There are at least four big arguments expounded by those in favor of circumcision. I'm going to address each one in turn, and I'll give you several more reasons that support leaving your sons intact. (I implore you to read this, even though it is a bit lengthy. If you are a parent, you should never make a body-altering decision for your child unless you are fully informed. If you are not a parent, you should be aware of the facts of the most widely performed and wholly unnecessary medical procedure that insurance companies (and, consequently, you) pay for. If you have time, you should also check out Penn & Teller's half hour episode on the subject: Part 1, Part 2, Part 3. And one more from Penn here.)

Myth #1: Circumcision prevents disease.
Fact: Circumcision does not protect against getting or giving sexually transmitted diseases (STD's). Rather, the foreskin and its intact mucous membranes act as a barrier to infection. (2) There is also no link between an intact penis and cancer. (3)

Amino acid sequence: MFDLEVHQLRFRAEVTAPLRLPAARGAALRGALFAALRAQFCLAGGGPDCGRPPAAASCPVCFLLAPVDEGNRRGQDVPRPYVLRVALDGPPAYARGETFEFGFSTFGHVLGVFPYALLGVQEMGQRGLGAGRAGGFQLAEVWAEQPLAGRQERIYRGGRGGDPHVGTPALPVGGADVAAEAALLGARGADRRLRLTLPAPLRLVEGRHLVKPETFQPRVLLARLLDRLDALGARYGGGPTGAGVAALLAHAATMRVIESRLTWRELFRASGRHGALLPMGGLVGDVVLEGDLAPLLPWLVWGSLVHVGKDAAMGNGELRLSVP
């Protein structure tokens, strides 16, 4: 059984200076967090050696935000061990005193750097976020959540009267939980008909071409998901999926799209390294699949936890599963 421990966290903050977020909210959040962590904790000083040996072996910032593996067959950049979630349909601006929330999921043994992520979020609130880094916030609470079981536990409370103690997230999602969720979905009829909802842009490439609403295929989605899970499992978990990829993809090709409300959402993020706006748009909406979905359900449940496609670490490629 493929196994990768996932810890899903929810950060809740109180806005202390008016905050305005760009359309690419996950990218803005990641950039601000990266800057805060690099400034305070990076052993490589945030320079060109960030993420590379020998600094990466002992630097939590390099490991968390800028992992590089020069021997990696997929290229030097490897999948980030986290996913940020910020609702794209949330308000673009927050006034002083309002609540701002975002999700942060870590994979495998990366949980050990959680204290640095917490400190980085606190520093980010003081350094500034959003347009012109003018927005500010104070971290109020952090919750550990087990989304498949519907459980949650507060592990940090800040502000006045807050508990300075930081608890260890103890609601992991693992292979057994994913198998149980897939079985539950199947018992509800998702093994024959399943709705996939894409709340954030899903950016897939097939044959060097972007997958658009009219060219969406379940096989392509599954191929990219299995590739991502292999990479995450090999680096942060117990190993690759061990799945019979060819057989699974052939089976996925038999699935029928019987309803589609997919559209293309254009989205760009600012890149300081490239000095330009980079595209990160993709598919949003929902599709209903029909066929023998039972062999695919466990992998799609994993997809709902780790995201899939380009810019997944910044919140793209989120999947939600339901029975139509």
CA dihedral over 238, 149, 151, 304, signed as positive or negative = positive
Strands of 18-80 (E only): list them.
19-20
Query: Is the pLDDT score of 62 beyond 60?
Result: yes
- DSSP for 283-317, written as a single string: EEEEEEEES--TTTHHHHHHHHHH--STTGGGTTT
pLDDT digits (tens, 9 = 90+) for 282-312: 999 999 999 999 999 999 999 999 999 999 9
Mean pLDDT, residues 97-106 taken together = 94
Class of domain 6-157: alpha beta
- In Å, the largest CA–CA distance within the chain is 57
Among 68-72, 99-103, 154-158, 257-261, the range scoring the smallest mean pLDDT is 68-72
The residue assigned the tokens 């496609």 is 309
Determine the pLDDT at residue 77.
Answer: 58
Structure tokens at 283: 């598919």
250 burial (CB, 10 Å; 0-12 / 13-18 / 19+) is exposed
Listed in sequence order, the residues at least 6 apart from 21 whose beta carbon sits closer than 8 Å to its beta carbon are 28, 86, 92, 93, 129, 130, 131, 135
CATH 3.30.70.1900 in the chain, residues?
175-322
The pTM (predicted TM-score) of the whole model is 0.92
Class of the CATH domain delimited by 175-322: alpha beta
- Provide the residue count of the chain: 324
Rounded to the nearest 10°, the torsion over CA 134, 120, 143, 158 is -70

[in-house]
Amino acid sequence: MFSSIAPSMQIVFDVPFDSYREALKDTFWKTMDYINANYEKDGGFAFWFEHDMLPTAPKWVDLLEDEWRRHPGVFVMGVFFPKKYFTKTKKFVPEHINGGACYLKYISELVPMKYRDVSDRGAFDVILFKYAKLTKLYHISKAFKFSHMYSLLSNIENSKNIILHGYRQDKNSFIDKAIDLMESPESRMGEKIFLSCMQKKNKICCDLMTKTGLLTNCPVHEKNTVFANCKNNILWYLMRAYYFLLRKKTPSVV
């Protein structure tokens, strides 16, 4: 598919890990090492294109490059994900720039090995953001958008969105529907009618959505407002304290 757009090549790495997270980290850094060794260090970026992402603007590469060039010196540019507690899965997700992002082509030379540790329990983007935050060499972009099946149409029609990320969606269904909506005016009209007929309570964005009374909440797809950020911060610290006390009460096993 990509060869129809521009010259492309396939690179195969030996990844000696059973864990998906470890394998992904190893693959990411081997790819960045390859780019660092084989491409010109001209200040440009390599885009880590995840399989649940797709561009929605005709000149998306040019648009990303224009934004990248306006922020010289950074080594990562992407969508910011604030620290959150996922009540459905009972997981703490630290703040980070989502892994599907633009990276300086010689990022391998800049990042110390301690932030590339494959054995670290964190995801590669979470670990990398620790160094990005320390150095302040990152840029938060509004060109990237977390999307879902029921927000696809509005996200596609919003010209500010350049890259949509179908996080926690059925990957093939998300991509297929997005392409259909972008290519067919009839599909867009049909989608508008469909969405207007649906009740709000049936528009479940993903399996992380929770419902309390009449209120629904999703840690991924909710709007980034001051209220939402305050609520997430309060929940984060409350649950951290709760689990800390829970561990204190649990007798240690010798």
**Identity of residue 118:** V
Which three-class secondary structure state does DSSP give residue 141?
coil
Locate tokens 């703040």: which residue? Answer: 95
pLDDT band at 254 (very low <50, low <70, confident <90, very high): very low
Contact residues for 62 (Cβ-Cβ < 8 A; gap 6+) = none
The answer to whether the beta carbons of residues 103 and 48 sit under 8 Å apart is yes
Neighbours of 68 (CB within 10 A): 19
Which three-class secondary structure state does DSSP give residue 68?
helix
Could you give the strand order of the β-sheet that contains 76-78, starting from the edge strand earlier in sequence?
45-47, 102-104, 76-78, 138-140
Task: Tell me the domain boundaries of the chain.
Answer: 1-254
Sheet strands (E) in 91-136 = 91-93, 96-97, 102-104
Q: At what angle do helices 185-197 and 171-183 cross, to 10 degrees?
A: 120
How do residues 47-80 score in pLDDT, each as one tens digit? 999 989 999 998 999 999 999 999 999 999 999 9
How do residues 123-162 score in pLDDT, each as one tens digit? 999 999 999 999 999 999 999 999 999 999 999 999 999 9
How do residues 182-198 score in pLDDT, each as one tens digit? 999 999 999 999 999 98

Circumcision does not prevent disease:

Despite an overwhelming lack of evidence, doctors have been claiming for decades that circumcision prevents all kinds of diseases: from AIDS to tuberculosis, cancer to poor eyesight, epilepsy to mental retardation, and many more in varying degrees of incredulity. No other medical procedure has been credited with preventing such a wide variety of diseases. (4) In reality, circumcision began in the United States during the Victorian era. Its function? To punish boys for masturbating. Even into the 1970's, medical textbooks recommended that doctors perform "routine circumcision as a way to prevent masturbation." (5) Following are quotes by two American doctors:
A remedy for masturbation which is almost always successful in small boys is circumcision. The operation should be performed by a surgeon without administering an anesthetic, as the brief pain attending the operation will have a salutary effect upon the mind, especially if it be connected with the idea of punishment. In females, the author has found the application of pure carbolic acid to the clitoris an excellent means of allaying the abnormal excitement. (6)